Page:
Wall Street Blew It: The Real Tragedy of the FB IPO

NEW YORK ( TheStreet) -- Wall Street blew it again. They had this one grand chance in the Facebook ( FB) IPO to try to restore some of the investor confidence that has been lost in the last four years of bank bailouts and bonuses -- and they blew it.

Wall Street brings many new companies to the investing public every year -- but Facebook is no ordinary company. With 900 million users, Facebook is the application of the masses, used to connect the 99 Percent and organize the protesters for "Occupy Wall Street," the Chinese dissident community and the Arab Spring.

This was a company that everyone thought they understood, and the prospect of getting in on the ground floor, of owning a piece of the next Apple ( AAPL) or Amazon ( AMZN) or Google ( GOOG), excited the interest of the retail investor in a way that few other stocks will ever have the opportunity to do.

And Wall Street needed to respect that opportunity. The gains that have been achieved in the stock market since 2008 have largely been without the participation of the retail investor -- that middle-class worker who used to save an extra $20 or $100 or $500 a week to invest in stocks. But that crucial customer to Wall Street has gone unrewarded in the last 10 years -- the so-called "lost decade" -- as stock indices have gone nowhere, while corrupt bank executives and institutional investors have managed to protect their wealth and prosper through the backstop of the U.S. Treasury.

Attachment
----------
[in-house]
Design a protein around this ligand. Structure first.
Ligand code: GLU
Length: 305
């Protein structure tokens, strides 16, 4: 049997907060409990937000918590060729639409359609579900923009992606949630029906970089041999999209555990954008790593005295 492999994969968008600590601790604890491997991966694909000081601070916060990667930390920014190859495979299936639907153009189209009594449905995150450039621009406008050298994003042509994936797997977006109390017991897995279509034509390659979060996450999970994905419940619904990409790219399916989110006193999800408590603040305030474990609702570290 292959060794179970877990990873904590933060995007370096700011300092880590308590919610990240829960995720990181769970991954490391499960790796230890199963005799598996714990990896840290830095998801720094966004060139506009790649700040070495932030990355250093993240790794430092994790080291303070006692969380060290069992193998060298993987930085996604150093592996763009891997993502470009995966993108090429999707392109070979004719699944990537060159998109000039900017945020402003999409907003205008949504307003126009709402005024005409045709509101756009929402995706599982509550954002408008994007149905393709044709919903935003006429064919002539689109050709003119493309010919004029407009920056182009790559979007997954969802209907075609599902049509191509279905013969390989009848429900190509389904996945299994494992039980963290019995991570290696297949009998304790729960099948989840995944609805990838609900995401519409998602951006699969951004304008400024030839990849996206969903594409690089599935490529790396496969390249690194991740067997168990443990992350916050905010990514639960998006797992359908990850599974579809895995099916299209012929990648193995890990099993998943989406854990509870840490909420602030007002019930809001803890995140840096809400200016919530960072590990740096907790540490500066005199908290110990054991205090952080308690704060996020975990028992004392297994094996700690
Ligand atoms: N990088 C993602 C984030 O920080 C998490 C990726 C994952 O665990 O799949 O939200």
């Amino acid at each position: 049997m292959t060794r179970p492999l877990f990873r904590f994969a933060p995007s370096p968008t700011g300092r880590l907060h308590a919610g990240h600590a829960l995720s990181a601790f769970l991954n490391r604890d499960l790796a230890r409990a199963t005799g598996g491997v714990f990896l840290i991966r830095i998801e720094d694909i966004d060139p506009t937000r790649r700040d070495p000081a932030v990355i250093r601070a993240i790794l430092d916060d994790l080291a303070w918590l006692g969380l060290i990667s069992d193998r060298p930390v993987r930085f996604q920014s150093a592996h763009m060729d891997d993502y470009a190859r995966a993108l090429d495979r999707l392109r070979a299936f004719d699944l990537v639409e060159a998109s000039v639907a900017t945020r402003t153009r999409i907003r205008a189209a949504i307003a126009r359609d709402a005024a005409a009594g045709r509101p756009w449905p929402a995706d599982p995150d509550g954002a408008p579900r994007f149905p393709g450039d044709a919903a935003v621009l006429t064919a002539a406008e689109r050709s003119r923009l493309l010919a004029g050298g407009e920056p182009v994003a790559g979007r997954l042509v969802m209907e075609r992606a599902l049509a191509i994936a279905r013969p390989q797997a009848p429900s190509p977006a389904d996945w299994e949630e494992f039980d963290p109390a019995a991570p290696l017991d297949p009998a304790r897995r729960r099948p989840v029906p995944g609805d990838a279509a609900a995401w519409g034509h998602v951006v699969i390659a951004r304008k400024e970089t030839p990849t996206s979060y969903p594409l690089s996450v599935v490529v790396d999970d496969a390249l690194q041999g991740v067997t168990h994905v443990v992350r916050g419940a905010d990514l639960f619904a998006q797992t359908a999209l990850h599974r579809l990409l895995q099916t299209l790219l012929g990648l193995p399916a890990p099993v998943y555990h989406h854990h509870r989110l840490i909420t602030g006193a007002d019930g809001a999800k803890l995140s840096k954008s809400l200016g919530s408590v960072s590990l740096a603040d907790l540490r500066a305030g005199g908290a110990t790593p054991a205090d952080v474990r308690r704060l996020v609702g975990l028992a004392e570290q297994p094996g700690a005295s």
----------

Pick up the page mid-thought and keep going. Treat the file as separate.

And retail investors have, not surprisingly, abandoned the stock market, moving their money into savings accounts and bond funds and annuities. They have had all their suspicions confirmed in the last four years that the stock market is a "rigged" game and have largely refused to play anymore -- even though they must engage in stocks at some point again in order to finance their kids' educations and their own retirements.


Into this backdrop comes the Facebook IPO -- this chance to deliver to the retail investor a new beginning of investing confidence. All Wall Street needed to do was deliver a fair price -- an honest price -- to the common, middle-class investor in this social network application of the masses.

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